When Dorcas Quynn and I connected for her Three For Thursday, it was Thursday for me and Friday morning, 15 hours later, for her. That’s because Dorcas lives in New Caledonia, an island in the South Pacific, while owning and successfully operating a yoga studio across the world – in Frederick, MD.
During our far-ranging conversation, I learned that Dorcas is a Frederick native who, in the early 2000s, became a real estate agent to help pay off school debt. The market heated up and she soon found herself running at 100 MPH every day, just to keep up. Yoga became her refuge, and was integral to her daily life and sanity. Then one day, the studio where Dorcas practiced yoga closed down. At that time, Frederick did not have a particularly vibrant yoga scene, so Dorcas’ first thought was, “where are we going to do yoga?”
By this time, Dorcas had overcome her fear that her yoga practice would cause her to become a “vegan hippie who spews new age rhetoric and loves everyone.” As you’ve probably surmised, she answered her own question by opening Sol Yoga in 2005, as a place for Frederick yogis to gather. Dorcas got married the same year, and shortly thereafter, she and her husband Adam started their family, which now consists of three children between the ages of five and eleven. About six years ago, Adam accepted a job in New Caledonia. Dorcas jumped into what she thought was going to be an 18-month commitment. Six years later, she’s still living and raising her family in New Caledonia, while ‘commuting’ the 8500 miles back to Frederick multiple times per year. Sol Yoga has grown into a thriving yoga collective and has been named Best Yoga Studio in Frederick five years running.
Dorcas’ Three For Thursday follow.
As a child, I was very quiet. So quiet, in fact, that my mother thought I might have an issue. It turns out that then, as now, I just needed stillness. I did martial arts and eventually took up yoga, because I needed to find an access point to stillness. Meditation now takes me there. My key to finding stillness is clearing the space for the still, small voice inside me to be heard. I feel a strong need to look beyond the clutter and distractions of daily life. I’ve often found that space in church, even in churches of denominations other than my own. For me, out of that place of stillness comes my capacity for connection.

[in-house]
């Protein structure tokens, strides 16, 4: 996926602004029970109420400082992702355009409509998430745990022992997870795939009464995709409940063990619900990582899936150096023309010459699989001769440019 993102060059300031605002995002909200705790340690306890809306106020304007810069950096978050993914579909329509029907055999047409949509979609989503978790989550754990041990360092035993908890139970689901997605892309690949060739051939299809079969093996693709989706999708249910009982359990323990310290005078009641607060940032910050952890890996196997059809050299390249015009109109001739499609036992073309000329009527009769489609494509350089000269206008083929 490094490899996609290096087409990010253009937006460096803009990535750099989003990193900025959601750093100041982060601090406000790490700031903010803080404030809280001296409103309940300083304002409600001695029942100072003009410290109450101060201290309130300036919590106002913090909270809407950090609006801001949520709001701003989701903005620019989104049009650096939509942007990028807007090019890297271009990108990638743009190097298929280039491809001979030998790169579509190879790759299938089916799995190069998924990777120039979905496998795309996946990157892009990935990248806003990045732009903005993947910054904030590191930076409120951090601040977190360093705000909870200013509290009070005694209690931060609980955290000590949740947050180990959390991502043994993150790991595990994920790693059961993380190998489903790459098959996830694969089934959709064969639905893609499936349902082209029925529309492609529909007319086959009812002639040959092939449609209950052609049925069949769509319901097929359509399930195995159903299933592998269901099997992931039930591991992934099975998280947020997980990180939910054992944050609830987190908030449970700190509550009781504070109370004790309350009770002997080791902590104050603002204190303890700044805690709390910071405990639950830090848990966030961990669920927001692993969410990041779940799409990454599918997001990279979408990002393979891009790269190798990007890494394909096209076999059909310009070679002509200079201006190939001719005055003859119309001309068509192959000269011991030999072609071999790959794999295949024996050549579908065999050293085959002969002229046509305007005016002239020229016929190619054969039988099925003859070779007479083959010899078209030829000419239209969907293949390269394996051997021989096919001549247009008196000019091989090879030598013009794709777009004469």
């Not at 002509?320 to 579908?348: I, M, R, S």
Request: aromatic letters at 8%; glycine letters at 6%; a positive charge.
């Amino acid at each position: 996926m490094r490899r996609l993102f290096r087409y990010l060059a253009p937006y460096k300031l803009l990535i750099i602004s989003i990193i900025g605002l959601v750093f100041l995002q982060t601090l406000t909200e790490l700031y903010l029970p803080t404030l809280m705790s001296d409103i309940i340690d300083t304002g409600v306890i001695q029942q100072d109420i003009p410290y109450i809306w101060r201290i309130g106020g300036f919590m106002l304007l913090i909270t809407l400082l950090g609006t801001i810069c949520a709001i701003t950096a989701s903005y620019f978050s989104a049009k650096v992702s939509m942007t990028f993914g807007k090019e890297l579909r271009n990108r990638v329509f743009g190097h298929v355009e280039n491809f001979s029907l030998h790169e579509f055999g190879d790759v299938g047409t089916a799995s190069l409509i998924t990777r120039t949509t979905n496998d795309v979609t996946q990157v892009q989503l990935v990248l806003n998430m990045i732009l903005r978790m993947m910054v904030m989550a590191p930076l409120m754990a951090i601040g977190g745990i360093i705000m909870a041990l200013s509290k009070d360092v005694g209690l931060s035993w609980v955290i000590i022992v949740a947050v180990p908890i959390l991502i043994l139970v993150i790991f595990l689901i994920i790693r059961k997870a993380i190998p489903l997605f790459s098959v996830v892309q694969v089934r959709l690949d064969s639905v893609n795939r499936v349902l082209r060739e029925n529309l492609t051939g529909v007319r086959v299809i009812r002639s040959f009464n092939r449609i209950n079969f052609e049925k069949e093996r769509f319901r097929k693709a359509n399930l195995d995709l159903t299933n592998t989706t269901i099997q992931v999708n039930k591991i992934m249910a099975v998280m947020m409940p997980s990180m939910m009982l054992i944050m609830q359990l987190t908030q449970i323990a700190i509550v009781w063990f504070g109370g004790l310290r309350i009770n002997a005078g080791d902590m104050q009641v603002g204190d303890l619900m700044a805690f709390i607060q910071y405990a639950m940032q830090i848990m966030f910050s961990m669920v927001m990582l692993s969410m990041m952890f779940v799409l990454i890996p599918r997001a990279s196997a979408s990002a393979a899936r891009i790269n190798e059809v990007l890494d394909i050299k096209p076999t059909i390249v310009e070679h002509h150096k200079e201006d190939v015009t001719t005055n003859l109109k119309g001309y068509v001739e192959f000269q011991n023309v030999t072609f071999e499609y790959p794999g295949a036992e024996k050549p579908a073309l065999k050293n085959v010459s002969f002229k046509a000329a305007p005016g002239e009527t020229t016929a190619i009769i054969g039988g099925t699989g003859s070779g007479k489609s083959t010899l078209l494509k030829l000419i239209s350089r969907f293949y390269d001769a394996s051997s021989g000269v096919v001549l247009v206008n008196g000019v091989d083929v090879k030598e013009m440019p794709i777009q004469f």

Vulnerability is something I’ve very much had to learn, and it’s really potent. Allowing myself to take down my personal walls has been an amazing experience. To take that step into the unknown, let go of the ego, and share something I’ve never shared allows me to form the greatest human connections.
I’ve learned that being in a state of vulnerability isn’t as hard as the moment leading up to it. Every aspect of vulnerability was a great revelation to me, as I was taught the exact opposite as a child. Martial arts taught me to guard and protect. I had other childhood lessons that made clear that you hold your feelings privately and don’t share, so showing vulnerability came hard for me.
Something that is really profound is the ability to cry in front of people and to be seen in a state of complete vulnerability. It’s an extraordinary challenge with a reward that is beyond measure. What’s also incredibly rewarding is to see another person in a state of vulnerability and to not try to fix it, just to be with it.
If I reflect on what is most nourishing to me, it’s the deep, close relationships I have, which are the result of truly listening when others speak. I consider myself to be a curious listener. The impact of that, in terms of creating close connections, is critical. I look at my kids and their relationships and see them developing listening skills that will nourish them for the rest of their lives.
One for the road. . . Purposeful work
I have a strong need to feel that what I’m doing is useful or purposeful. It could be as simple as making dinner for my family. In a broader sense, Sol Yoga is purposeful in this age of stress and disconnection. Of course, there are fine lines between work addiction, work as distraction, and having your work be your dharma. Even as a kid, I wanted to be working. It was part of my family culture. What is an unhealthy relationship with work versus the amount of work a human needs to feel that sense of meaning and purpose? That is for each of us to determine.
How about you? What are your Three For Thursday? I’m looking for people who are willing to share their life wisdom. Please email me at firstname.lastname@example.org if you’d like to be interviewed for a future Three For Thursday blog.SHARE: FOLLOW: